A wake-up call on the dangers of closing our eyes to sleep deprivation

HE had one hour’s sleep the night before.

Only one. One hour’s sleep before stepping into the cockpit of a passenger jet as captain of the crew flying it from South America to Europe.

He said so himself, on the black box recording retrieved long after the plane went down in the Atlantic, killing three Irish doctors and 225 other passengers. The crash happened in 2009, on an overnight flight to Paris from Rio de Janeiro.

“I didn’t sleep enough last night,” the captain, a 58-year-old named Marc Debois, is heard to say on the recording before the disaster happened. “One hour. It’s not enough.”

If he had been the only sleep-deprived crew member in the cockpit, that would have been bad enough. But, apparently, all of the pilots theoretically in charge that night had under-slept, due (according to reports) to having been in Rio with their wives and girlfriends the previous night — the implication being that they were not with their wives and girlfriends in hotel beds, tucked up getting the sleep they needed, but instead, perhaps, out on the town.

When things began to go wrong on the flight, all cockpit crew demonstrated the effects of lack of sleep. First of all, the captain, who was on a break when the plane’s electronics began to yell a stall warning, took more than a minute to respond to calls from his colleagues to take over and solve the problem. When he eventually did take over, the other crew members couldn’t explain to him, clearly and succinctly, what had happened, because they, too, were groggy. The end result was that the crew took precisely the wrong action, pulling the plane’s nose up, failing to realise that this was exacerbating the problem even as the Airbus A330 headed for the ocean.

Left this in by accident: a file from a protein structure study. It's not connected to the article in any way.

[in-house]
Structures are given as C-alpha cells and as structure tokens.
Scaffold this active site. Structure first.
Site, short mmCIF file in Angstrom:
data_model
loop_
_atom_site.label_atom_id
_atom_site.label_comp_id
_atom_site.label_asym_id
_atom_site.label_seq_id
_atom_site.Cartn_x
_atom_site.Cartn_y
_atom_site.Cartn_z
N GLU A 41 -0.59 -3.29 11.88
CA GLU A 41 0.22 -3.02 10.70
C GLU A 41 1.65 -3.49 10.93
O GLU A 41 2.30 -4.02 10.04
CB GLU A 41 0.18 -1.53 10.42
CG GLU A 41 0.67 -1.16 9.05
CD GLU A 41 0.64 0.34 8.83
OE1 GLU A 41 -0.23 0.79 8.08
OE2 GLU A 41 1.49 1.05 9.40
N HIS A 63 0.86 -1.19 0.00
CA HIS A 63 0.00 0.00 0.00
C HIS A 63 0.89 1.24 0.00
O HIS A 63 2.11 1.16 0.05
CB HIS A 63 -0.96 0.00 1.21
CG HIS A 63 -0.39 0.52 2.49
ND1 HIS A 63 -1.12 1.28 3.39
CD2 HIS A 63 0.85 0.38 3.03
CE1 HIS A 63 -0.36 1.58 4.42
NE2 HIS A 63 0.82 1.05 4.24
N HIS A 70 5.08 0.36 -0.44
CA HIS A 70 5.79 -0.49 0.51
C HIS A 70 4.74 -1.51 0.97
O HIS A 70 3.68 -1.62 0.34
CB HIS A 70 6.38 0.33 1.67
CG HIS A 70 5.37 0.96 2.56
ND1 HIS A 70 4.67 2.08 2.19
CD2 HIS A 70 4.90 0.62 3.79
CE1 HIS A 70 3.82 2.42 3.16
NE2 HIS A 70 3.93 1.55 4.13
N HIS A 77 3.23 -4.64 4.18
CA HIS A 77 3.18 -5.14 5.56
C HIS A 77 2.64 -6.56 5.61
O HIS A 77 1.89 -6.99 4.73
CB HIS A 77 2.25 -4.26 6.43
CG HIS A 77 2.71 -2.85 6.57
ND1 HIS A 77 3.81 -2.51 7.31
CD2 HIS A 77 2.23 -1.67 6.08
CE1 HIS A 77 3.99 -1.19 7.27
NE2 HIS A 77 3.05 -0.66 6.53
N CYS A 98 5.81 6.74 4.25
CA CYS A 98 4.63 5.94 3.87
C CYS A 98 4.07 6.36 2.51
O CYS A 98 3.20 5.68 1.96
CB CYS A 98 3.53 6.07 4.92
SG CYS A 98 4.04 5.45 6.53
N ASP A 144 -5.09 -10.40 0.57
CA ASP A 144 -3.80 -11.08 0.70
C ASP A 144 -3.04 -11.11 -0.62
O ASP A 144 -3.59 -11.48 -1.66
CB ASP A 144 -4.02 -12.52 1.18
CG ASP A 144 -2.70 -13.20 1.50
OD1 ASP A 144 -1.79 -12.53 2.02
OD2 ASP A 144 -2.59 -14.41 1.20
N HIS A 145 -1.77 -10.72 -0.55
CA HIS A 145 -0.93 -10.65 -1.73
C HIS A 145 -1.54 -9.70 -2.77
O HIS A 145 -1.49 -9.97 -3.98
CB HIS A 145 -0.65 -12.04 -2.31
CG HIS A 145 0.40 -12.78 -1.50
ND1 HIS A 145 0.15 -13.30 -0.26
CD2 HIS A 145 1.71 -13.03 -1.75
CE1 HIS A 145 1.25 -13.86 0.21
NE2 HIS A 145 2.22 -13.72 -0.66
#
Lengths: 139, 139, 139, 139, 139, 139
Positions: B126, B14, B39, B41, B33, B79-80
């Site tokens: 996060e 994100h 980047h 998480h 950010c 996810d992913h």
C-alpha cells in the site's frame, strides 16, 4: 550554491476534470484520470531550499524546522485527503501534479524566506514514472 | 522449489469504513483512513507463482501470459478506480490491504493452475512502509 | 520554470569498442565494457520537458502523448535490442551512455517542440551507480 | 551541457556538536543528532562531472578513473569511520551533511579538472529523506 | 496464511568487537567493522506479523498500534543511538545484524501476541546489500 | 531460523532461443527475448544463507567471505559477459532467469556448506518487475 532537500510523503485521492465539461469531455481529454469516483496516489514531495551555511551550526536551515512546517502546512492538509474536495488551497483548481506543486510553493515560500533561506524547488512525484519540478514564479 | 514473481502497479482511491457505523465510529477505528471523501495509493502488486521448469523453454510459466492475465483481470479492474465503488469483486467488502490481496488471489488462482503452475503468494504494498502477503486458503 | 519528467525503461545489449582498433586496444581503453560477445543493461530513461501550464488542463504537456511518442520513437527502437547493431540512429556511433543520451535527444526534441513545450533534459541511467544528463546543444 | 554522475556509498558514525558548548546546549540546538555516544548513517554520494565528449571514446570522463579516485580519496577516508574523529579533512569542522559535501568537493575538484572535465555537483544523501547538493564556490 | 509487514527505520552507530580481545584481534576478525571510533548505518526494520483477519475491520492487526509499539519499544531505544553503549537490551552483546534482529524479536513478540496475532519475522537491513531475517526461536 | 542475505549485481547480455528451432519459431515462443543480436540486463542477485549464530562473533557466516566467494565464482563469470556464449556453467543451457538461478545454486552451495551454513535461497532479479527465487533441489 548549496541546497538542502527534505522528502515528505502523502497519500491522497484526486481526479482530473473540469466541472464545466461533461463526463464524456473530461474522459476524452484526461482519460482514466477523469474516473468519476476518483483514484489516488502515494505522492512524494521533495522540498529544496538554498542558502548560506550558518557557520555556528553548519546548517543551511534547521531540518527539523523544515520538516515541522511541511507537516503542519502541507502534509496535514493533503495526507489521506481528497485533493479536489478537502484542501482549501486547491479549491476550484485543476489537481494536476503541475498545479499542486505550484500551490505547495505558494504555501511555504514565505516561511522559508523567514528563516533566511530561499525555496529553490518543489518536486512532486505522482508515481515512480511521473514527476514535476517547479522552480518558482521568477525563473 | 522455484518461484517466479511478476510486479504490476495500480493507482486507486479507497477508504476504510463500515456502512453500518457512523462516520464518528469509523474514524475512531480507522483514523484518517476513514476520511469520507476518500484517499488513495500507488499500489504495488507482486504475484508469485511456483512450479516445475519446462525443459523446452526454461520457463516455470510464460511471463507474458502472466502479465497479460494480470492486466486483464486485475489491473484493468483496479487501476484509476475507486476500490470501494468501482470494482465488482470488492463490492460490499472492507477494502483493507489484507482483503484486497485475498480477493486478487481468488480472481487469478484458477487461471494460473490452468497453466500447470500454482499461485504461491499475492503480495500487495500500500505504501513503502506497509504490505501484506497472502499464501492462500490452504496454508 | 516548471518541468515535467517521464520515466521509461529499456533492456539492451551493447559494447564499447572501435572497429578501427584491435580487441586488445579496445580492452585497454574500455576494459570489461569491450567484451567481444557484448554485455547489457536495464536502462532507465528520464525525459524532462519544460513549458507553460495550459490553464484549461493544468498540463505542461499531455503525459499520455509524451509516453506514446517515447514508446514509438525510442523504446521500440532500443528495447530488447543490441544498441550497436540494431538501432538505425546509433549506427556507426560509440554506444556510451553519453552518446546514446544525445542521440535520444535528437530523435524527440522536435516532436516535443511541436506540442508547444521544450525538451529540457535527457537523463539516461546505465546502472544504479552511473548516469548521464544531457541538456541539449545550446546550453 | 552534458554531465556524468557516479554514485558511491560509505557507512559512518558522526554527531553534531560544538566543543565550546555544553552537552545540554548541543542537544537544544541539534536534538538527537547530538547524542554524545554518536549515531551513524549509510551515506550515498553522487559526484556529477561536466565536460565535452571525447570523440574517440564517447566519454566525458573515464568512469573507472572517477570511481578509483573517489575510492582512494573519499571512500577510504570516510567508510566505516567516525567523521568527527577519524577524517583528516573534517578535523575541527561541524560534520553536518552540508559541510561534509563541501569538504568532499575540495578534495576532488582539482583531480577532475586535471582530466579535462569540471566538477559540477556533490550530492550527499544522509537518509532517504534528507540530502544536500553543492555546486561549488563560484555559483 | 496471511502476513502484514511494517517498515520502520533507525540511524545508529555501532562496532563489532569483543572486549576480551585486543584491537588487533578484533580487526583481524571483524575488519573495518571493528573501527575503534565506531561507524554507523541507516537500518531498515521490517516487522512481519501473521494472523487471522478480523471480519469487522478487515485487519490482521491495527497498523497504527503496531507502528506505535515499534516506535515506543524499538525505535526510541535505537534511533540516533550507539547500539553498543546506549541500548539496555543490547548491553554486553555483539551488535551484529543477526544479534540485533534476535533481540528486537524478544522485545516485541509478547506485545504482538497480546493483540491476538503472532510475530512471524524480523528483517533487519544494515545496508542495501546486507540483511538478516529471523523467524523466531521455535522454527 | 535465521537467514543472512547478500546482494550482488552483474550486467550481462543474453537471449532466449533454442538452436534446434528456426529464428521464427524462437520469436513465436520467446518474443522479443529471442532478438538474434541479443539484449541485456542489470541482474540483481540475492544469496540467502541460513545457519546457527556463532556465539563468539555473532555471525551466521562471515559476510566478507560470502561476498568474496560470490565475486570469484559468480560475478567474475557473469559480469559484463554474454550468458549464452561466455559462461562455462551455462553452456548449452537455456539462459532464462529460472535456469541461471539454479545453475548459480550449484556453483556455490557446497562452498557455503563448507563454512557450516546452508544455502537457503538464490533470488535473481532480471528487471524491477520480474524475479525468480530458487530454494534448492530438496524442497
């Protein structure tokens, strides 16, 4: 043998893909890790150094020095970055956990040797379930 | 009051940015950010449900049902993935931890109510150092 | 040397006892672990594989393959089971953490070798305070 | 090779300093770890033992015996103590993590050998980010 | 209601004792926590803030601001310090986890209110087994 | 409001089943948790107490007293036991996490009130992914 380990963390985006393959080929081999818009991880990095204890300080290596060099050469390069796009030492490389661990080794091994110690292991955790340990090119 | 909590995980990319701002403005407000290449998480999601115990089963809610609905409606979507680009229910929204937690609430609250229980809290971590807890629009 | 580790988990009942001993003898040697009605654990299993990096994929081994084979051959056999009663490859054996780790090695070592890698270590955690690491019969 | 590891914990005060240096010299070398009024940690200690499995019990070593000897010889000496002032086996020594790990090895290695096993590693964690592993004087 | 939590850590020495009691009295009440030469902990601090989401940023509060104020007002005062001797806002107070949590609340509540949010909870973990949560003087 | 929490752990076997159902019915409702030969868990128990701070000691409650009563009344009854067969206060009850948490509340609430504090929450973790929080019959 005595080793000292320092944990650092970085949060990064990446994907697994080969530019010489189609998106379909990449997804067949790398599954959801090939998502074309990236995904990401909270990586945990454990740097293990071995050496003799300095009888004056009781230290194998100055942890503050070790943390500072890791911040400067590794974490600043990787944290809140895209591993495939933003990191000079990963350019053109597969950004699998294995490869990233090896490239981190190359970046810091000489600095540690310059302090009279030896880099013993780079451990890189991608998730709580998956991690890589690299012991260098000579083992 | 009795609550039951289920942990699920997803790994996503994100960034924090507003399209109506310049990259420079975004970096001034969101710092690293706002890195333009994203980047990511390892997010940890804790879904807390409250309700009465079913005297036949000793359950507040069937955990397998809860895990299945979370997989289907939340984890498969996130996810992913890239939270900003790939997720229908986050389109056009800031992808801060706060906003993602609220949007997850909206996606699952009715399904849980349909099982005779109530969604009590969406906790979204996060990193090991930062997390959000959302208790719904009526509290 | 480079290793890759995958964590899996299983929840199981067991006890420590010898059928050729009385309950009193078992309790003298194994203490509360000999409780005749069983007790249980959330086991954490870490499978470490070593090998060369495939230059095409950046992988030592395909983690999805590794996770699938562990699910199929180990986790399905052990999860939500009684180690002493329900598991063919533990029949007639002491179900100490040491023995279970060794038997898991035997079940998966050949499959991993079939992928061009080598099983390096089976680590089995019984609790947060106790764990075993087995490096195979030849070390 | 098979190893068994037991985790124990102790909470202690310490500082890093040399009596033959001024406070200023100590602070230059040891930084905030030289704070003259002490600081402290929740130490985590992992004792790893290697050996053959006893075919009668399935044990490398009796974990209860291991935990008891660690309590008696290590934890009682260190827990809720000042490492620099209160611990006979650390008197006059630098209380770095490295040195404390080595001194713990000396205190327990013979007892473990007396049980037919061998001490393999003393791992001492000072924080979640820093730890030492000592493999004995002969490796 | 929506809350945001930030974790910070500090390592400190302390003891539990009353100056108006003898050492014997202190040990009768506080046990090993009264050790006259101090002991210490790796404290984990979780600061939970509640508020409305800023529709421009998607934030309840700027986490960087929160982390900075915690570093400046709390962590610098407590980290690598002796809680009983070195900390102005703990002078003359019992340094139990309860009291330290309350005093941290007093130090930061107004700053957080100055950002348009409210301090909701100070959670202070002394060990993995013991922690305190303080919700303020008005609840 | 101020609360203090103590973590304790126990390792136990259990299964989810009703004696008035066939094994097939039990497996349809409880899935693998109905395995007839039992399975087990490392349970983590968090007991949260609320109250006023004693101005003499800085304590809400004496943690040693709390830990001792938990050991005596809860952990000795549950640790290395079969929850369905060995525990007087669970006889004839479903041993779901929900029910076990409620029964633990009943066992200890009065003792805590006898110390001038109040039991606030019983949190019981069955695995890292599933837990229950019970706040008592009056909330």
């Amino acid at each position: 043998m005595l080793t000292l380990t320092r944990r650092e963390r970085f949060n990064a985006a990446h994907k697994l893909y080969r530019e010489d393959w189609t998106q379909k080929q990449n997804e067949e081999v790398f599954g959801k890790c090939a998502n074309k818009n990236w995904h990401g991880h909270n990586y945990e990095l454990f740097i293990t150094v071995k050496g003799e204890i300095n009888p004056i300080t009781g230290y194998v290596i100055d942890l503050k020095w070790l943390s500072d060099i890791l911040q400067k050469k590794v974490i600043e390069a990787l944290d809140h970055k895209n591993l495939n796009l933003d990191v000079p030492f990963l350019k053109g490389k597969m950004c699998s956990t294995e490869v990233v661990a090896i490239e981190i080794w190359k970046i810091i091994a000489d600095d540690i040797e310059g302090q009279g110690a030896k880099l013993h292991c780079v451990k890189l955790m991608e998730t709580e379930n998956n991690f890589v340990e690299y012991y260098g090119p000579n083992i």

It was not simply pilot error; conflicting and fluctuating information was presented to them by the plane’s data feeds. The odds were stacked against them, but in the three and a half minutes before the jet hit the water , they failed to get on top of the issue enough to rescue themselves and their passengers.

People died, not because the pilots were drunk, but because they were tired. The crash constitutes one more potent piece of evidence that sleep deprivation can be as lethal, when the unexpected happens, as can intoxication. One more piece of evidence in a chain that goes right back to the Second World War, when the Allies experienced disaster in Aug 1942 close to Guadalcanal. A small Japanese flotilla of warships made bits of a much larger American fleet, not just due to surprise, but because the crews on the American ships were exhausted. On each of the US ships, crucial mistakes were made, including by one captain who ordered the guns and torpedo launchers stopped because he believed — wrongly — that they might be aimed at other US vessels.

He had this belief because, when he had, shortly beforehand, gone to get some overdue sleep, the mindset shared by those in command was that any attack would come from the skies. Waking up to a quite different situation, neither he nor his colleagues could comprehend what was happening.

They fumbled, made contradictory decisions, failed to notify other ships or, when receiving such notification, misread it and took astonishingly inappropriate actions. Four massive ships went down, 1,000 men died and 700 were grievously injured.